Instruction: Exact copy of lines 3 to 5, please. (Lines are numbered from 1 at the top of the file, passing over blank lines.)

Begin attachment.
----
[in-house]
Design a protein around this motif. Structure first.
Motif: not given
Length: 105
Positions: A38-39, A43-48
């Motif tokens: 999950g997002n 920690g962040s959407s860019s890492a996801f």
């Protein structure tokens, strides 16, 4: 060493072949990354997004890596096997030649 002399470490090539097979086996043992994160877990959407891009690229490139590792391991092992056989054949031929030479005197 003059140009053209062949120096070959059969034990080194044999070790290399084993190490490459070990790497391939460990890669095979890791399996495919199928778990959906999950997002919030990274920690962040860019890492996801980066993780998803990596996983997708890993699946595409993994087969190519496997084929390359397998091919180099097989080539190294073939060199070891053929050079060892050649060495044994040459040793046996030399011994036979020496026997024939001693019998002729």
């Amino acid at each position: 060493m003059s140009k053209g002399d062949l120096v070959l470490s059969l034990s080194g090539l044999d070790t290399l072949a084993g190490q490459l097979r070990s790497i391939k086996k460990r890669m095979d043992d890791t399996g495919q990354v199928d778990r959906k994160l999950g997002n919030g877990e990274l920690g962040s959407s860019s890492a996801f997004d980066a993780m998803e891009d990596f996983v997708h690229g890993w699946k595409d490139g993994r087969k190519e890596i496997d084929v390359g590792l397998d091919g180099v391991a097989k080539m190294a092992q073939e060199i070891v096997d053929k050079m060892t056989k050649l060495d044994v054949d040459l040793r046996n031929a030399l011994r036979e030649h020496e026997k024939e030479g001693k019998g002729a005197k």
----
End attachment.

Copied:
Motif: not given
Length: 105
Positions: A38-39, A43-48